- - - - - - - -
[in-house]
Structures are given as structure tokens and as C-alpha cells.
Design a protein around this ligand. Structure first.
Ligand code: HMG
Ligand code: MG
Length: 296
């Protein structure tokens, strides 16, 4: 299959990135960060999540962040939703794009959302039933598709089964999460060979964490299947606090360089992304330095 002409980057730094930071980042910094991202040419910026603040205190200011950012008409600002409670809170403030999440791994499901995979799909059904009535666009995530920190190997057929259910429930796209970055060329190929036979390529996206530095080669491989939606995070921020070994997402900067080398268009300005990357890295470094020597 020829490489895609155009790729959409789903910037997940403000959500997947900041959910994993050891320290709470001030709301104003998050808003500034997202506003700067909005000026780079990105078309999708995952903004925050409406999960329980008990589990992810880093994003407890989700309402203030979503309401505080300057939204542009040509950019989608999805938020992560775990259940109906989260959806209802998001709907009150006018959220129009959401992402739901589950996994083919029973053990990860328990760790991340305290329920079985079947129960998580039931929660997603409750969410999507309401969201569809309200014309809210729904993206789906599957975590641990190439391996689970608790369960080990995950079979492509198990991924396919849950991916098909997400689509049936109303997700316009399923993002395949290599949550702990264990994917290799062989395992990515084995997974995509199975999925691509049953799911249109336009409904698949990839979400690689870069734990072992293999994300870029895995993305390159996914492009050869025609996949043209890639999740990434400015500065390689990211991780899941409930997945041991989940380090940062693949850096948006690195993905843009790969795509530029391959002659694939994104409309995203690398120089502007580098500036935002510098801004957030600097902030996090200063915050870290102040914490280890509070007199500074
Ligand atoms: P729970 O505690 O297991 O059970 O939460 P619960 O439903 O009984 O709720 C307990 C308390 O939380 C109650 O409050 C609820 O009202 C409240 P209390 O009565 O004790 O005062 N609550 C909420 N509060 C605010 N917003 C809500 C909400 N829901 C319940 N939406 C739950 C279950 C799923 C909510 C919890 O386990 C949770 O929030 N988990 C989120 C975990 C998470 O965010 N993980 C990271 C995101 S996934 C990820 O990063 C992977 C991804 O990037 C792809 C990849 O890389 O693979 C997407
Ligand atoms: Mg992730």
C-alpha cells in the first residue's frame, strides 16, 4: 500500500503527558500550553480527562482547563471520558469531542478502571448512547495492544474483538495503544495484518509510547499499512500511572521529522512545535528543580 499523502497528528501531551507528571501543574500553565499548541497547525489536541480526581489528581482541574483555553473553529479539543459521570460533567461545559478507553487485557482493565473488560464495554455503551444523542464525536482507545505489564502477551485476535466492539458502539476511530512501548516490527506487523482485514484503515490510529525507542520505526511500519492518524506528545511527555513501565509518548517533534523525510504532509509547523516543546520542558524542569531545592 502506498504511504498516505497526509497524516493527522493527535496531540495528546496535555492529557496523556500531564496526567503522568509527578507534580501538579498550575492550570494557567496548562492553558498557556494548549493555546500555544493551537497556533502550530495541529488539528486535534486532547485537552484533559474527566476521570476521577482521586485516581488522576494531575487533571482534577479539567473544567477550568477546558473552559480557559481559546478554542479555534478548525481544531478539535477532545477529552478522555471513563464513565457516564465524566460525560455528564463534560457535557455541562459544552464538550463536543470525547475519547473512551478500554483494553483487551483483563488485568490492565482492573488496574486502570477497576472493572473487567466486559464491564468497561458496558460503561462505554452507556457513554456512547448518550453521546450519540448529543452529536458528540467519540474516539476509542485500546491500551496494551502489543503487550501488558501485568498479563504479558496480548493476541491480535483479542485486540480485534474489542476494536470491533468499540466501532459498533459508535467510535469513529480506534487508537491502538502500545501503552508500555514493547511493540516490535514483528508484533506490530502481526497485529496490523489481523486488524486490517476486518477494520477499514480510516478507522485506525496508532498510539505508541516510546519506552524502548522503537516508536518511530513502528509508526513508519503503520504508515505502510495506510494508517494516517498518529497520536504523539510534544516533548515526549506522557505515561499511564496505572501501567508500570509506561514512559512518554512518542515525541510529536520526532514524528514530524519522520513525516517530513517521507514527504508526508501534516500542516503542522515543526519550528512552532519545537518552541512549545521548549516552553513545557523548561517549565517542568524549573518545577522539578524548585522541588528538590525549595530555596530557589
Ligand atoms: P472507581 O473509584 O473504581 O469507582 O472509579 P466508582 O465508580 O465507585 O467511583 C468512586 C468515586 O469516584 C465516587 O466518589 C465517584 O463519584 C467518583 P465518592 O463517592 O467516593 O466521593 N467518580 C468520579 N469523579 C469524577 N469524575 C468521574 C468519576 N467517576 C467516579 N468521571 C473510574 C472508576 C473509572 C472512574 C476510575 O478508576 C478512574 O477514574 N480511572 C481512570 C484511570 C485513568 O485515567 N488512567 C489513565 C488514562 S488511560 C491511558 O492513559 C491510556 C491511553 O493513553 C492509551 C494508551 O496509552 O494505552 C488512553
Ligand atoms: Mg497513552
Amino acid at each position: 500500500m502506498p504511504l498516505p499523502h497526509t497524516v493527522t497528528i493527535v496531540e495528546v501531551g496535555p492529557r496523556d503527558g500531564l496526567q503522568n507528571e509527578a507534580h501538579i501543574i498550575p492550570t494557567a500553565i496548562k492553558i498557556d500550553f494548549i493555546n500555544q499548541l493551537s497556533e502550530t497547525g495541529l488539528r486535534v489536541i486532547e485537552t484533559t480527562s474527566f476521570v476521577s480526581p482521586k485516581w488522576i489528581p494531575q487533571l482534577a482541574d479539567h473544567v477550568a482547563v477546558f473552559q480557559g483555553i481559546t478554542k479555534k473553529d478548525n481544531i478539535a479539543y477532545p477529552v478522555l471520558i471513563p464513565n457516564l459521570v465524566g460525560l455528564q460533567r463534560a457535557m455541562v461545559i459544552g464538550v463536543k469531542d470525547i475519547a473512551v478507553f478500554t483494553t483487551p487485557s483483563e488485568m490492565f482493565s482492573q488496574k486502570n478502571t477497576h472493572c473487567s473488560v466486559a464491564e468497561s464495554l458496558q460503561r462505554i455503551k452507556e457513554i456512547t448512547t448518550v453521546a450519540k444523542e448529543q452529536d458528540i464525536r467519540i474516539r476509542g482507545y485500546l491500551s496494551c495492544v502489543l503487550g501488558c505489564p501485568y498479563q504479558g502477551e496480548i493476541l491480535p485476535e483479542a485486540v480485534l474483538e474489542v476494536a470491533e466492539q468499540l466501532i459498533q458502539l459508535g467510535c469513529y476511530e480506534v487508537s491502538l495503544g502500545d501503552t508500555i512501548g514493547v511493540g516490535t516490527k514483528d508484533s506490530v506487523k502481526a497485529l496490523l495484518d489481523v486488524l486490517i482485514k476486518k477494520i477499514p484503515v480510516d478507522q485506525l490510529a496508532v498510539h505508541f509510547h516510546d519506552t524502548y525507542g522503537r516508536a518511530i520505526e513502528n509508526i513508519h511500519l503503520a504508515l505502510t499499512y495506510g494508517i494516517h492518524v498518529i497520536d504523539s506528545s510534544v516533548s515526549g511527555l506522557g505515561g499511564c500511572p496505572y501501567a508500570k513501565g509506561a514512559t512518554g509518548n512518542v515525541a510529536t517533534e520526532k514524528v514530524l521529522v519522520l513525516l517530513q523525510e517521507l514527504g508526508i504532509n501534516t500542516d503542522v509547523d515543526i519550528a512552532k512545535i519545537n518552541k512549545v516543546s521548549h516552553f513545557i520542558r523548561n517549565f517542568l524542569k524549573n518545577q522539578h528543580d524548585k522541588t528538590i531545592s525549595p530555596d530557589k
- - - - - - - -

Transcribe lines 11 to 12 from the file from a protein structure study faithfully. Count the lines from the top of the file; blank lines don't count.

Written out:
Ligand atoms: P472507581 O473509584 O473504581 O469507582 O472509579 P466508582 O465508580 O465507585 O467511583 C468512586 C468515586 O469516584 C465516587 O466518589 C465517584 O463519584 C467518583 P465518592 O463517592 O467516593 O466521593 N467518580 C468520579 N469523579 C469524577 N469524575 C468521574 C468519576 N467517576 C467516579 N468521571 C473510574 C472508576 C473509572 C472512574 C476510575 O478508576 C478512574 O477514574 N480511572 C481512570 C484511570 C485513568 O485515567 N488512567 C489513565 C488514562 S488511560 C491511558 O492513559 C491510556 C491511553 O493513553 C492509551 C494508551 O496509552 O494505552 C488512553
Ligand atoms: Mg497513552